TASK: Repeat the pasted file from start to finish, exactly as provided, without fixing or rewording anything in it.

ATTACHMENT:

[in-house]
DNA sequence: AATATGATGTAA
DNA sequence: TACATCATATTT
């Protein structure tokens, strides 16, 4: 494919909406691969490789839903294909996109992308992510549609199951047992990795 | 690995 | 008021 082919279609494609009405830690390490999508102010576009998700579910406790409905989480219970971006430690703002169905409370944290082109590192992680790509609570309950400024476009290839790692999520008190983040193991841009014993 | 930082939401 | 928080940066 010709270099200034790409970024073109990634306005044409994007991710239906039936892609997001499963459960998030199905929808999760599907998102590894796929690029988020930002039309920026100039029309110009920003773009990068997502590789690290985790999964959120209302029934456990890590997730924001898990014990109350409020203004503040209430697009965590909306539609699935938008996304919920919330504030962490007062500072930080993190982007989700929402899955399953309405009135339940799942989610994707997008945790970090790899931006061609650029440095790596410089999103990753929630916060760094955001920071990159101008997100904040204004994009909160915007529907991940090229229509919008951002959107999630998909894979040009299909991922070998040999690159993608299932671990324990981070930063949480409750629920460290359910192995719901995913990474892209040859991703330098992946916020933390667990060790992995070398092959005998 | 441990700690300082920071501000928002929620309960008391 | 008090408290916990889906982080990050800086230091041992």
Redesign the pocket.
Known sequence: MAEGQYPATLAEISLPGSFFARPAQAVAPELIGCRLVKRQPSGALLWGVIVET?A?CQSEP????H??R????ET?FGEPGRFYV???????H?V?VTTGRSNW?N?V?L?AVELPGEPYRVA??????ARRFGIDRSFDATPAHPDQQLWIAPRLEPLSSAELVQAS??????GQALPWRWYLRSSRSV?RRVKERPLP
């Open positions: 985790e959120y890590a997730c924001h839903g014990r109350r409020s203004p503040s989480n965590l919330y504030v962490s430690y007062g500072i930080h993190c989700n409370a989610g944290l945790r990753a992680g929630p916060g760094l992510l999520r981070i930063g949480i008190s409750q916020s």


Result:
[in-house]
DNA sequence: AATATGATGTAA
DNA sequence: TACATCATATTT
């Protein structure tokens, strides 16, 4: 494919909406691969490789839903294909996109992308992510549609199951047992990795 | 690995 | 008021 082919279609494609009405830690390490999508102010576009998700579910406790409905989480219970971006430690703002169905409370944290082109590192992680790509609570309950400024476009290839790692999520008190983040193991841009014993 | 930082939401 | 928080940066 010709270099200034790409970024073109990634306005044409994007991710239906039936892609997001499963459960998030199905929808999760599907998102590894796929690029988020930002039309920026100039029309110009920003773009990068997502590789690290985790999964959120209302029934456990890590997730924001898990014990109350409020203004503040209430697009965590909306539609699935938008996304919920919330504030962490007062500072930080993190982007989700929402899955399953309405009135339940799942989610994707997008945790970090790899931006061609650029440095790596410089999103990753929630916060760094955001920071990159101008997100904040204004994009909160915007529907991940090229229509919008951002959107999630998909894979040009299909991922070998040999690159993608299932671990324990981070930063949480409750629920460290359910192995719901995913990474892209040859991703330098992946916020933390667990060790992995070398092959005998 | 441990700690300082920071501000928002929620309960008391 | 008090408290916990889906982080990050800086230091041992």
Redesign the pocket.
Known sequence: MAEGQYPATLAEISLPGSFFARPAQAVAPELIGCRLVKRQPSGALLWGVIVET?A?CQSEP????H??R????ET?FGEPGRFYV???????H?V?VTTGRSNW?N?V?L?AVELPGEPYRVA??????ARRFGIDRSFDATPAHPDQQLWIAPRLEPLSSAELVQAS??????GQALPWRWYLRSSRSV?RRVKERPLP
């Open positions: 985790e959120y890590a997730c924001h839903g014990r109350r409020s203004p503040s989480n965590l919330y504030v962490s430690y007062g500072i930080h993190c989700n409370a989610g944290l945790r990753a992680g929630p916060g760094l992510l999520r981070i930063g949480i008190s409750q916020s």